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Ergonomics and the Aging Workforce

Thursday, April 07, 2011
By Anne Kramer

According to the Bureau of Labor Statistics, by the year 2030, 24% – nearly 1 in 4 – Americans will be over the age of 65. When compared to figures from 2000, when just over 15% of the population could be considered "senior citizens," these numbers are staggering. This impending growth begs the question "what will happen to our workforce?" Certainly, with just over 83 million of our 307 million person population not counted as part of the workforce (over half of whom are students, or otherwise NOT retired persons), this increase in the elderly will have real effects on the mean age of the labor pool. Faced with this reality, it seems prudent to consider how best to accommodate these workers – not just for their sake, but ours as well.

As with any employee or work situation, an important deliberation for aging laborers ought to be the incorporation into their daily lives of ergonomic principles. Both in the workplace and out, acting “ergonomically” can avoid injury, increase efficiency, and reduce mental stress. For this reason, we’ve compiled a short list of “ergo-hints” designed to help senior citizens ergo-safe throughout their daily lives.

  1. Take Breaks: Thought by many to be the “golden rule” of ergonomics, taking regular pauses throughout the work day can prevent a slew of repetitive stress injuries, as well as give you time to collect your thoughts, and approach your task with a sense of physical and mental refreshment. Depending on the type of work being performed, a good rule of thumb is to take a 5-minute break every hour.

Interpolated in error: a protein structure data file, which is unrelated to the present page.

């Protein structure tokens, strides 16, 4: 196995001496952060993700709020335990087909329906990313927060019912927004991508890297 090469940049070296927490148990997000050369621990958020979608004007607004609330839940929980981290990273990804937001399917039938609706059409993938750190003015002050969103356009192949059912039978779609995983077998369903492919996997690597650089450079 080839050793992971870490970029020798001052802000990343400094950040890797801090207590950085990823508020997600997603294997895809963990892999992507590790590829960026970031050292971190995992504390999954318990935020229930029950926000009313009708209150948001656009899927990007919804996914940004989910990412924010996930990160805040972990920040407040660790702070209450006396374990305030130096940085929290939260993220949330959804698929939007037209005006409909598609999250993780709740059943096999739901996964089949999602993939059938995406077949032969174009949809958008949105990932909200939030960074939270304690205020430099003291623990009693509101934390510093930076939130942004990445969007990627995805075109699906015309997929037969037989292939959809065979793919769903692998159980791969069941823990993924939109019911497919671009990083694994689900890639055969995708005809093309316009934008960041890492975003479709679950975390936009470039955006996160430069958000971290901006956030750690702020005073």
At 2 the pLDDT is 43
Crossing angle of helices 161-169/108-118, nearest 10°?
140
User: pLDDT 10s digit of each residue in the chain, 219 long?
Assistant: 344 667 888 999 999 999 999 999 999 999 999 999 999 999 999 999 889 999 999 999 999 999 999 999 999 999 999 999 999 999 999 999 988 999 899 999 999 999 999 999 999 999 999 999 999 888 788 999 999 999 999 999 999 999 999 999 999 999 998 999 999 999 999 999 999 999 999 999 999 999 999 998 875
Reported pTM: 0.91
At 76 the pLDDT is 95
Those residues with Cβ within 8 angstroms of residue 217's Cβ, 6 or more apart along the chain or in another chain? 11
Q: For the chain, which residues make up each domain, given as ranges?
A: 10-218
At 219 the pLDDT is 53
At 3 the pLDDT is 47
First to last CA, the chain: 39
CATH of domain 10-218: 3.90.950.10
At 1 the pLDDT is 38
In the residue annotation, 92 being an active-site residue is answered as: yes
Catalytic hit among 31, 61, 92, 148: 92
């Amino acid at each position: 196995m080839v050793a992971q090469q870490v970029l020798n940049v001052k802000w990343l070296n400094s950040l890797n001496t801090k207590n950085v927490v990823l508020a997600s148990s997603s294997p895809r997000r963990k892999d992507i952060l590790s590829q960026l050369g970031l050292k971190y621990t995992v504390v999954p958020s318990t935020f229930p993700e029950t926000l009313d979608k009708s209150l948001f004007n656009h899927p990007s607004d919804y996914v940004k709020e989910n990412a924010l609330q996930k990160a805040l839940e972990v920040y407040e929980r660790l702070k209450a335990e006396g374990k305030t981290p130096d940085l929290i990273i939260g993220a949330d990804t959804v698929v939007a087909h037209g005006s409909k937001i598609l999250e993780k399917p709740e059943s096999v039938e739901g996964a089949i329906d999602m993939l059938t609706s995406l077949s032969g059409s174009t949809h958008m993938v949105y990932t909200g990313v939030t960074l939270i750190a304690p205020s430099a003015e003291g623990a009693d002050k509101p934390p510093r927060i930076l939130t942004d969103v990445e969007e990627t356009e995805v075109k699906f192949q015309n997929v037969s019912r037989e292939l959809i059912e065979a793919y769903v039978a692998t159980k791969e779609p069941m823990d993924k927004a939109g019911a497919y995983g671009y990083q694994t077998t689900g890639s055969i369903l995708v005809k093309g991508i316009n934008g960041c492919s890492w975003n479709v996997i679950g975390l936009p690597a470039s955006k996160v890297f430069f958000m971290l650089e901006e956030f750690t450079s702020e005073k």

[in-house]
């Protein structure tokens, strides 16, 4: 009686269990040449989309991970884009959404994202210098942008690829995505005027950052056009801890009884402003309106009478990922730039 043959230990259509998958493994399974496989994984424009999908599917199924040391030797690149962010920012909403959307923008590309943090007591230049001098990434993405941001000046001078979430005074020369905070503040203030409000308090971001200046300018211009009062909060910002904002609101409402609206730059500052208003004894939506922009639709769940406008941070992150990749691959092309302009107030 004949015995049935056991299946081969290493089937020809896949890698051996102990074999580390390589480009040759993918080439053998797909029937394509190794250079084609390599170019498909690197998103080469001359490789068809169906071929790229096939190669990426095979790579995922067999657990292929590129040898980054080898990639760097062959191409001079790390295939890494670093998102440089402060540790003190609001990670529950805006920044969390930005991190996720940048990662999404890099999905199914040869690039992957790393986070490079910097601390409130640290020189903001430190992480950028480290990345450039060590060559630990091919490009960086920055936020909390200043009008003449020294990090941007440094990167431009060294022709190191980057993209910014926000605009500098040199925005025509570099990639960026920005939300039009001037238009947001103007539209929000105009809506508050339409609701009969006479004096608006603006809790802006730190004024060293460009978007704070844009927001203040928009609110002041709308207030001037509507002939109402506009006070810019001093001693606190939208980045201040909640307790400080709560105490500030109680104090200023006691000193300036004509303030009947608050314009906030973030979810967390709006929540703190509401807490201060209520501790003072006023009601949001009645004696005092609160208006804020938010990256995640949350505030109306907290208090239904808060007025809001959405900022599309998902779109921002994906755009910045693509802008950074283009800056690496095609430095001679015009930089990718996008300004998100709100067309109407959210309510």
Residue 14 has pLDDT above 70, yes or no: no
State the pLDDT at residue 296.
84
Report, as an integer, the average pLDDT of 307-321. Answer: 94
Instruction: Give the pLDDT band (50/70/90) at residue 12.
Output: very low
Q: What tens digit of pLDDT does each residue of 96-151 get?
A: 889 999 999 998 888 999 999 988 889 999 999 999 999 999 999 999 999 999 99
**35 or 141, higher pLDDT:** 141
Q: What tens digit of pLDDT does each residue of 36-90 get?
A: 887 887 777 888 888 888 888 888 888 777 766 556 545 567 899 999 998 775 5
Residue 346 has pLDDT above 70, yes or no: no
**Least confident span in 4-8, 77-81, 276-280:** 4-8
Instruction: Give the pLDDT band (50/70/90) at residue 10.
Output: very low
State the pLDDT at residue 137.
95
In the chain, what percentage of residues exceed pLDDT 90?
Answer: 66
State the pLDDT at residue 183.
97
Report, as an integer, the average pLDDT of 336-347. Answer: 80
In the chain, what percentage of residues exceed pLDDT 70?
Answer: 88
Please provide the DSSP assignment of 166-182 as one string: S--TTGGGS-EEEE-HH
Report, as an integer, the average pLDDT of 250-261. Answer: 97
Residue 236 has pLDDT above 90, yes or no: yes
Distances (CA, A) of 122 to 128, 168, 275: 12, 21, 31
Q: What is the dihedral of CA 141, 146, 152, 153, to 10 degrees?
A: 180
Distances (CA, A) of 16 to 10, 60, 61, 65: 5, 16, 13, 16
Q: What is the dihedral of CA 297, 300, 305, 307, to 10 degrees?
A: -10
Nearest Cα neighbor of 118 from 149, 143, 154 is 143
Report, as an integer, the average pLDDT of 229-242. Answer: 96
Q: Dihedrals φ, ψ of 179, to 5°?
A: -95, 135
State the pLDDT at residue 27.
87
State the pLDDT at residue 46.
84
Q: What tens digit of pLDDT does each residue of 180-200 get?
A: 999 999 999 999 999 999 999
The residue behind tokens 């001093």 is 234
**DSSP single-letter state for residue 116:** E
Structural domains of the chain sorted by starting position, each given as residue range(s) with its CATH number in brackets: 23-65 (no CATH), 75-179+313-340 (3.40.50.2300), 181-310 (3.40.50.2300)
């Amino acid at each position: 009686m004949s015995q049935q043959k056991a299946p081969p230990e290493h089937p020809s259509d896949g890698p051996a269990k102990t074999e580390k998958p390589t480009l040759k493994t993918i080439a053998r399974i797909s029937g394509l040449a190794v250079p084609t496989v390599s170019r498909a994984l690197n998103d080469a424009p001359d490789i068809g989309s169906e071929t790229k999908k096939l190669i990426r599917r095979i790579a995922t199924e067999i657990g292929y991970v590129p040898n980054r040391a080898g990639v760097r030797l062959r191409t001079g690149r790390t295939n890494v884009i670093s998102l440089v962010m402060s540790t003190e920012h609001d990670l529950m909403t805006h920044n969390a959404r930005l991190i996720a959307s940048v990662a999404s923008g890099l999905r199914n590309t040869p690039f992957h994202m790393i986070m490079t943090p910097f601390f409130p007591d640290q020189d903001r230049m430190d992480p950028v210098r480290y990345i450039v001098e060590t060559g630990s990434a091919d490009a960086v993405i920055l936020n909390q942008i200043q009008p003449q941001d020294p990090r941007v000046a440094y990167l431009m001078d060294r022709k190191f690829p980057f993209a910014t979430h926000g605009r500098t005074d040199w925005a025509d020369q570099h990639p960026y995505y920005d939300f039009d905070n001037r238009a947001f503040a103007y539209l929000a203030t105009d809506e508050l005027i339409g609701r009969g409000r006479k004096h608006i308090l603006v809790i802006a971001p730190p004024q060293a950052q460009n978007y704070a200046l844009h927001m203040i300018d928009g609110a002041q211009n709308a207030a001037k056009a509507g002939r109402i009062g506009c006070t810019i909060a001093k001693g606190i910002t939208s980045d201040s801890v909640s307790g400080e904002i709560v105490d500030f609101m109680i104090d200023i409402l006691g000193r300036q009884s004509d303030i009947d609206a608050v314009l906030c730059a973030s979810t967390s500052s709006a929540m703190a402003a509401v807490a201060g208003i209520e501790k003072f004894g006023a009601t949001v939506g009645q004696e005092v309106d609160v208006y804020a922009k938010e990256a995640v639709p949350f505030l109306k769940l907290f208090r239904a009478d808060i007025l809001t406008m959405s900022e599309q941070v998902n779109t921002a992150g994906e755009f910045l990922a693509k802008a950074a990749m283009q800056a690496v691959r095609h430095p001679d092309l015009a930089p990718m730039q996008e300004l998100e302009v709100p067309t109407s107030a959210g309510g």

2. Design Your Workspace: - ergonomically, that is. Simply, and most generally put, this means making the area in which you work as productive as possible. Examples for an office worker include using appropriate lighting or writing utensils for the task at hand. While these may seem like elementary suggestions, their importance in making the office worker as productive as possible should not be overlooked.
    For more physical laborers, or for those who spend more time on their feet, consider a softer flooring material, or an anti-fatigue mat. This can reduce physical strain, which makes both for a happier worker and one that requires less long-term “downtime.” If this is not possible, make sure to invest in quality footwear that provides extra support. Another option is to slip on a pair of ErgoMates. ErgoMates can be slipped on over existing footwear, adding extra matting in order to reduce fatigue.
  3. Work Smarter, NOT Harder: This is ESPECIALLY important for the aging worker. Efficiency is the name of the game when it comes to ergonomics. Consider the daily responsibilities of the worker. Is there any way in which time, effort, or strain could be reduced? Is it possible to re-assign work flow so as to make the most of collective labor hours?

Again, this is just a short list of ergonomic suggestions; there are certainly more that could and should be considered when planning the workday of a senior citizen. As the workforce cruises into late-adulthood, being especially ergonomically-minded will become increasingly important to the labor force.

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